— Japhet, In Search Of A Father • Frederick Marryat

... a wild laugh they sprang away, most of them towards the cottage. During the latter part of the song-talk, they had formed themselves into a funeral procession, two of them bearing poor Primrose, whose death Pocket had hastened by biting her stalk, upon one of her own great leaves. They bore her solemnly along some distance, and then buried her under a tree. Although I say HER I saw nothing but the withered primrose-flower ...
— Phantastes - A Faerie Romance for Men and Women • George MacDonald

... though they had not any large countries to supply; for, probably, neither Egypt nor the eastern part of Syria would receive the produce by so circuitous a road. But, during the first ages, sacrifices to the gods and the funeral ceremonies consumed vast quantities of aromatics of every sort, as well as the enjoyments of the living. The two former causes of request for aromatics have long been at an end, owing to the changes in religion. They are now neither burned on the altar ...
— An Inquiry into the Permanent Causes of the Decline and Fall of Powerful and Wealthy Nations. • William Playfair

... Byron, and chivalry enough to speak a bold word for her? Yes: there was one. Thomas Campbell the poet, when he read Lady Byron's statement, believed it, as did Christopher North; but it affected him differently. It appears he did not believe it a wife's duty to burn herself on her husband's funeral-pile, as did Christopher North; and held the singular idea, that a wife had some rights as a human being as well as ...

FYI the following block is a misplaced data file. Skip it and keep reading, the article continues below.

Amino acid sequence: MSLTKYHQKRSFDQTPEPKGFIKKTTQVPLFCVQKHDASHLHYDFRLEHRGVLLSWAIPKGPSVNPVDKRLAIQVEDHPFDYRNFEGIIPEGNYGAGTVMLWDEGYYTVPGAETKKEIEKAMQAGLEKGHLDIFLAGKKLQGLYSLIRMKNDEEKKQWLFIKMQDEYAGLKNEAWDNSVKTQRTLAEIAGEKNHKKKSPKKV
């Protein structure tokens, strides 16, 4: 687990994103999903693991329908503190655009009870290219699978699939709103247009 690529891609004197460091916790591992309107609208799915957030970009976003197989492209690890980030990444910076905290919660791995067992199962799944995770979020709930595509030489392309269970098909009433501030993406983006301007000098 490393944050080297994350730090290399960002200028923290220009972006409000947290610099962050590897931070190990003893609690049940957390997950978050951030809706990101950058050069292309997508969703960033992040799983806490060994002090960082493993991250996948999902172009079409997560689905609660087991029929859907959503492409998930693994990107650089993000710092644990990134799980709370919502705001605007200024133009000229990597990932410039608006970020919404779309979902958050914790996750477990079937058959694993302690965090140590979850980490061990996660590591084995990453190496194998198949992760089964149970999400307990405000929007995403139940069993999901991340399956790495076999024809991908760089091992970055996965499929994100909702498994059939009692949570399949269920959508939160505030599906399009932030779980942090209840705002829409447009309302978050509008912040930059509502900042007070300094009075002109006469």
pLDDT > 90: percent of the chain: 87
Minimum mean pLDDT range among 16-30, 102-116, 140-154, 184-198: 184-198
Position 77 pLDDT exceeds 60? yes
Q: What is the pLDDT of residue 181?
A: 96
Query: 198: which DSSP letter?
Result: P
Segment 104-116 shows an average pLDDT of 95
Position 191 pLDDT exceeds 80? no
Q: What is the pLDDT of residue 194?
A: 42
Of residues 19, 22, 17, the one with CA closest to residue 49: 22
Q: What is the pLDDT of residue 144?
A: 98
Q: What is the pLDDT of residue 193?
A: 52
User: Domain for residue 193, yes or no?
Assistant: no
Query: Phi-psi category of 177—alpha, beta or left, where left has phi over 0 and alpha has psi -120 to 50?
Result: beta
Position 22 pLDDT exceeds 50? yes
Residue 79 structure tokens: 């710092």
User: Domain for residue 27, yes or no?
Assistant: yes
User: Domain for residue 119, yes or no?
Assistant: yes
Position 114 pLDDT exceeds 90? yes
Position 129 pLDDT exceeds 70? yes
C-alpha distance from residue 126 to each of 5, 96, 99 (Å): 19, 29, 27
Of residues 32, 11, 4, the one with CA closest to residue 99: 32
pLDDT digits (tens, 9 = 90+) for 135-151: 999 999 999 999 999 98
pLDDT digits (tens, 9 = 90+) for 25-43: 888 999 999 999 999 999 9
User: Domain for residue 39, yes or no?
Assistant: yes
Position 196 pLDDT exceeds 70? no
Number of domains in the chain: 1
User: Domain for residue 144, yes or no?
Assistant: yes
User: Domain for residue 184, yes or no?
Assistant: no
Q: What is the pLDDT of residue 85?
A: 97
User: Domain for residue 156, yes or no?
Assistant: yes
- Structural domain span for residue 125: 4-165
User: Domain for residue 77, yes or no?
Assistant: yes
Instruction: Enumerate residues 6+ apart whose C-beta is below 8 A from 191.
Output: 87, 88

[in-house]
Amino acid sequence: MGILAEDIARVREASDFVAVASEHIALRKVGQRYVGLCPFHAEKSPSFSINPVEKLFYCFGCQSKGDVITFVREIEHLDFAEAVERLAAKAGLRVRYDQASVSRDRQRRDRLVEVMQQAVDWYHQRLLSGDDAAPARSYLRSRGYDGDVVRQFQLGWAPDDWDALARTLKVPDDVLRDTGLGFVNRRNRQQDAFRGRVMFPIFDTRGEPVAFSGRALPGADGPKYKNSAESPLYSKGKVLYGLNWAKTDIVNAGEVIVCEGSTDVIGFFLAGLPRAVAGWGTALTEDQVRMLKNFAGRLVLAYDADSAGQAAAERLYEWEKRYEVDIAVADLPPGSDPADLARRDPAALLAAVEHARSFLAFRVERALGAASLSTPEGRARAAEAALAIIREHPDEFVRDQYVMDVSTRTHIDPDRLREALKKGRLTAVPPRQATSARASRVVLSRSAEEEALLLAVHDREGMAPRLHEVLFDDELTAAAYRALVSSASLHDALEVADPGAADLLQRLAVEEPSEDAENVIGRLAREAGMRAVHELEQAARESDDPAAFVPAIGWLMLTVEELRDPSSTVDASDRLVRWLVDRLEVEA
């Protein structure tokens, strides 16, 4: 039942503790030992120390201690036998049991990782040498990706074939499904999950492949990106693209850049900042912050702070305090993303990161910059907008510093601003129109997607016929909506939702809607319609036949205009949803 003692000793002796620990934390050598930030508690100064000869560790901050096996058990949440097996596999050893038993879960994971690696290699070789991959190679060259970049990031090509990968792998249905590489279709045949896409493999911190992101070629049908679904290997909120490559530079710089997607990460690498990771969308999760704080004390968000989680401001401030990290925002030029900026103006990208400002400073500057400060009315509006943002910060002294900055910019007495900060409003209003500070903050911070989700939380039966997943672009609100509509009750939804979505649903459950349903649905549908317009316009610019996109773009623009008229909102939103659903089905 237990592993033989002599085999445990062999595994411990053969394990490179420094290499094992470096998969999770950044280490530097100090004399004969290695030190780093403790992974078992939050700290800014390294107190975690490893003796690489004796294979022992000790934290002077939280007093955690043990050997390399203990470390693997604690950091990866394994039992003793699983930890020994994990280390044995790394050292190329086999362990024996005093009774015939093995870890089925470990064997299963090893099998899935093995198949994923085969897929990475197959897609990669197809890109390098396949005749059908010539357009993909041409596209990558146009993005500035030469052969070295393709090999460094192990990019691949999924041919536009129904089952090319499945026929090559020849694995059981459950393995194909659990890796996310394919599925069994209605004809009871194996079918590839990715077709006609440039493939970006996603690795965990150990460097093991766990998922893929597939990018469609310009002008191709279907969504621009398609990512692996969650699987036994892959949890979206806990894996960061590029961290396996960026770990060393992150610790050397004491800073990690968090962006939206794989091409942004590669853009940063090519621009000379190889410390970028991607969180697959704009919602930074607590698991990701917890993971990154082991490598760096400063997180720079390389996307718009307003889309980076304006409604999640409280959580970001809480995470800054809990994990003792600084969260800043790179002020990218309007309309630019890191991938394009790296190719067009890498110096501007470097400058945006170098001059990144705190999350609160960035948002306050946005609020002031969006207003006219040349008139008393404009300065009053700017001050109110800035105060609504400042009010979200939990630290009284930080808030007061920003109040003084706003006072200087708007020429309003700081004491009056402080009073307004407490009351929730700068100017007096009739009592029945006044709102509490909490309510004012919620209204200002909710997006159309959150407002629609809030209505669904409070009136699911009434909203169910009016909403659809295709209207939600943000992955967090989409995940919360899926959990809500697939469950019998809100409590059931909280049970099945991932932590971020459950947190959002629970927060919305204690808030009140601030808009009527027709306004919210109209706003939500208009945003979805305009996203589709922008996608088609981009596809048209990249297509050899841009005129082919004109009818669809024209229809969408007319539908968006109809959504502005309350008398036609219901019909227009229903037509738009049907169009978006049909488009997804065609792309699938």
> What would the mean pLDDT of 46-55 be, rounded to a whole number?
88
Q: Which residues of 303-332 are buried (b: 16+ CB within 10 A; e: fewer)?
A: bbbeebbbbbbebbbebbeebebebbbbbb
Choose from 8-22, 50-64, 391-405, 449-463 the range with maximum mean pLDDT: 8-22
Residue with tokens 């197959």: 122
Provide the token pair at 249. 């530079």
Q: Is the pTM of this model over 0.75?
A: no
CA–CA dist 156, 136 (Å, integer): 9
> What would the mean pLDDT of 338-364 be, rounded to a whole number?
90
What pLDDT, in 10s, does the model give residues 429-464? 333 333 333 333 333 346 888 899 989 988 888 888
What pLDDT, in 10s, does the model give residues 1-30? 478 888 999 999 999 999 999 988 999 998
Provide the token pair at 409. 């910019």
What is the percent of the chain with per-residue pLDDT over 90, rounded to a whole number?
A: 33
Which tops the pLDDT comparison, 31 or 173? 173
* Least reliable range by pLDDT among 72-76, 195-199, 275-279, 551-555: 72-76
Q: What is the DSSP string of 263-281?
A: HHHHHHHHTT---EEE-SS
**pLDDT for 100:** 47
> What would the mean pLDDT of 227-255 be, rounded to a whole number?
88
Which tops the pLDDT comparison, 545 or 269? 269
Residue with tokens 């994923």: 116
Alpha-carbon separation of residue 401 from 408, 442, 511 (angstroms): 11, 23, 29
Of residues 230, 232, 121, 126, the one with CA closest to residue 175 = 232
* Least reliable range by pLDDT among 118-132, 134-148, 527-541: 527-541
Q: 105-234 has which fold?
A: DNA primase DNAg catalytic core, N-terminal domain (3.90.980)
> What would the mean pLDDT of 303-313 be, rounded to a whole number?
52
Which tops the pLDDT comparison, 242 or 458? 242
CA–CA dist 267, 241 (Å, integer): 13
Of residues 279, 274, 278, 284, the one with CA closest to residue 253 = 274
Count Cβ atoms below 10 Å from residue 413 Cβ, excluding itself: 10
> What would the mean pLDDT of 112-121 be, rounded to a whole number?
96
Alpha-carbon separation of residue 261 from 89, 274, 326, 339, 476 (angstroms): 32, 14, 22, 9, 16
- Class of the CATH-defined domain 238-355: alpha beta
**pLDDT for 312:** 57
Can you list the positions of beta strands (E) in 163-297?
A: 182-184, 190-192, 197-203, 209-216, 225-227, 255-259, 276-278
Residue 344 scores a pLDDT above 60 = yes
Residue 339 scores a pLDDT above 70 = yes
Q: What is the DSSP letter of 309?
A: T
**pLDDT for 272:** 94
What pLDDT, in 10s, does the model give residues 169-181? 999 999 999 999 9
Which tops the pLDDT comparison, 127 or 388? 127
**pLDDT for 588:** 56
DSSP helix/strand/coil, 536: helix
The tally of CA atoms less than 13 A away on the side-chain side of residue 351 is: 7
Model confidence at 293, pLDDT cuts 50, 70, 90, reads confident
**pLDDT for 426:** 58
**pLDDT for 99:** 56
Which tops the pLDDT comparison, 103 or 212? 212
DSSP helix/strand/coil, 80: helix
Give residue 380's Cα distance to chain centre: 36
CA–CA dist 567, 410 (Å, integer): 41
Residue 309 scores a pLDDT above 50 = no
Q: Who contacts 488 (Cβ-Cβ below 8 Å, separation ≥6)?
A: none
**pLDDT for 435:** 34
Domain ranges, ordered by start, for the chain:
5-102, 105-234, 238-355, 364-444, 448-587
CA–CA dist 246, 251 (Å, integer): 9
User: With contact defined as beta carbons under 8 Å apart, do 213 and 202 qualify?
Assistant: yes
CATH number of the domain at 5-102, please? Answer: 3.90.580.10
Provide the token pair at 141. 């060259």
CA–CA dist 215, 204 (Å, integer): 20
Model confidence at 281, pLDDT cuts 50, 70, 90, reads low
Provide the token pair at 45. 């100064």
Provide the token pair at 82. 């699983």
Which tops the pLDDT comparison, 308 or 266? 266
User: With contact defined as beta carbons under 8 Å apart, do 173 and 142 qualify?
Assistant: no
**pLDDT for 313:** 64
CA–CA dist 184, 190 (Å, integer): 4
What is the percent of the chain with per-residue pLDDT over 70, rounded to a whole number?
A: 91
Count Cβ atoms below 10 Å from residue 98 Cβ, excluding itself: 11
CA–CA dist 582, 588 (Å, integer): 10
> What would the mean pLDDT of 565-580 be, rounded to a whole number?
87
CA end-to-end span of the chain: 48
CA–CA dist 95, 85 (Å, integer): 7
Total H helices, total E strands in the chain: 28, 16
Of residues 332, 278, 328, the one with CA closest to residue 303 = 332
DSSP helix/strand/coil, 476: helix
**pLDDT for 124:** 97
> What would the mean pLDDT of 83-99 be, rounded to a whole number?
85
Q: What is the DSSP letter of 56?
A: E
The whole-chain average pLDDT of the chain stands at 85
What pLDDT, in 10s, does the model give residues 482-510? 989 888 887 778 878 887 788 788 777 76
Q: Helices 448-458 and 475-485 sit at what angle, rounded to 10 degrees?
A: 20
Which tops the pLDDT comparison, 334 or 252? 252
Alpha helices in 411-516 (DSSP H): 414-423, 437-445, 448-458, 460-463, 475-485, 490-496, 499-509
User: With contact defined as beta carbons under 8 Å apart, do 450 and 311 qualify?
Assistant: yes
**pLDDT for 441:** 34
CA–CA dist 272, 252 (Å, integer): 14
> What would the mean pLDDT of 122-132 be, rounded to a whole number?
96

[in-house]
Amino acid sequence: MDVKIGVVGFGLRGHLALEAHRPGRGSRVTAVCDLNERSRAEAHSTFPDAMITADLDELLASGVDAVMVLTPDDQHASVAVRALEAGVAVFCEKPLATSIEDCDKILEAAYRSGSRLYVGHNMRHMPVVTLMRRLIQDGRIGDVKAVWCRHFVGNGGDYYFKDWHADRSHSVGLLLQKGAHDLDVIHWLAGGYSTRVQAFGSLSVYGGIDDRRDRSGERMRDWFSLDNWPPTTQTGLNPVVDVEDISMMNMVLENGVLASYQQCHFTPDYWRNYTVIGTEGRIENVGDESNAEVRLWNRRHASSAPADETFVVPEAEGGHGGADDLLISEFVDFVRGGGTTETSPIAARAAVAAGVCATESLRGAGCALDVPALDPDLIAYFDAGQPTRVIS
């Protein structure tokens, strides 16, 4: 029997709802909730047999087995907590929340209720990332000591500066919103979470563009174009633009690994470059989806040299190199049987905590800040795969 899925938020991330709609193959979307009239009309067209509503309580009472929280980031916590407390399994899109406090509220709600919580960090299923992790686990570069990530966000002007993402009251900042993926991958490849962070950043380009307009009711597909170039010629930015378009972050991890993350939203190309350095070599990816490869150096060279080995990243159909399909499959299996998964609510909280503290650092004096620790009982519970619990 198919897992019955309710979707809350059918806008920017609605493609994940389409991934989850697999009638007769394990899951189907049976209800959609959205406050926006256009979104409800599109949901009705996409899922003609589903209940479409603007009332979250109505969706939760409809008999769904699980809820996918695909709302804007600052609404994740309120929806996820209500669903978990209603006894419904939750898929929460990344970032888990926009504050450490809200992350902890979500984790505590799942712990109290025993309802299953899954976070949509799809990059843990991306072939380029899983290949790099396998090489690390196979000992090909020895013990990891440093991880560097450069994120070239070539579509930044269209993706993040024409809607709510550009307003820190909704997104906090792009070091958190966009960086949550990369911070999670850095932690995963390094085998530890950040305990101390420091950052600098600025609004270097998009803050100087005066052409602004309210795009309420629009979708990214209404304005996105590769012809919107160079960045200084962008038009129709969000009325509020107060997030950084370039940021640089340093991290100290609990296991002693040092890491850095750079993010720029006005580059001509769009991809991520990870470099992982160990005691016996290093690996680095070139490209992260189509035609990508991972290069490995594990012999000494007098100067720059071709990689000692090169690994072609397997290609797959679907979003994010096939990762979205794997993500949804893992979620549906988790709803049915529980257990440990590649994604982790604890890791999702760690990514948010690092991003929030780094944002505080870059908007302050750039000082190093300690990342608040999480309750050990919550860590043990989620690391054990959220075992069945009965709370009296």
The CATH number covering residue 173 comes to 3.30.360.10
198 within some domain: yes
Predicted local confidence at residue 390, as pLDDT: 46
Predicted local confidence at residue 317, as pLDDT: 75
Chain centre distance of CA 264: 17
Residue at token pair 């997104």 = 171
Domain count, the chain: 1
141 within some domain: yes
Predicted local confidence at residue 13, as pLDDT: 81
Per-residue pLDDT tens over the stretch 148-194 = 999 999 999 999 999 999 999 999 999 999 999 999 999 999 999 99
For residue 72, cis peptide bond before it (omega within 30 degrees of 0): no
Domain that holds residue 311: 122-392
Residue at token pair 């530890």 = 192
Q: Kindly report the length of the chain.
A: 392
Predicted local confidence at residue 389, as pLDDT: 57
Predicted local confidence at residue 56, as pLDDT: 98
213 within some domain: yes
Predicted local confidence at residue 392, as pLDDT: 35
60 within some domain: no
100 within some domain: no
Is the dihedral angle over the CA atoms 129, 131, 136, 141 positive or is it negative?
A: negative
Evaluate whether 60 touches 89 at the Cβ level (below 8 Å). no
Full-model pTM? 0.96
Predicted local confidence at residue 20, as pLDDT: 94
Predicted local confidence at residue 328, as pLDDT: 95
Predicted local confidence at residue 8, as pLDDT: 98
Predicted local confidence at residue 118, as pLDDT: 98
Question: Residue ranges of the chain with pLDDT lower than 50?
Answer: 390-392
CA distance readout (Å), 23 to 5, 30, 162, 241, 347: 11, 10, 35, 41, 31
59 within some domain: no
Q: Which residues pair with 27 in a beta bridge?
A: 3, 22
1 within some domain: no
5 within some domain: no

— Lady Byron Vindicated • Harriet Beecher Stowe

... Babylonian-Assyrian history, simplicity was the rule, and the objects placed in the tombs were more carefully chosen with reference to the needs of the dead and the career that he led while living, while the tendency in later times was away from the religious beliefs that gave rise to the funeral customs, and in the direction of luxury and display. This development, however, is independent of proper burial, upon which, as we have already had occasion to see, great stress was at all times laid. The greatest misfortune that could happen to a dead person was for ...
— The Religion of Babylonia and Assyria • Morris Jastrow

... amount of beautiful poetry, this author provided his own funeral oration, the earliest which has come down to us, written just before his death in A.D. 427. Funeral orations are not only pronounced by some friend at the grave, but are further solemnly consumed by fire, in the belief that they will ...
— The Civilization Of China • Herbert A. Giles

... 4, 1838. Attended the funeral of one of Brother Christian Niswander's sons. His age was thirteen years ...
— Life and Labors of Elder John Kline, the Martyr Missionary - Collated from his Diary by Benjamin Funk • John Kline

... preserved by Lucian; for we glean but sparingly from the solemn pages of the historian, except in the remarkable instance which Suetonius has preserved of the arch-mime who followed the body of the Emperor Vespasian at his funeral. This officer, as well as a similar one who accompanied the general to whom they granted a triumph, and who was allowed the unrestrained licentiousness of his tongue, were both the organs of popular feeling, and studied ...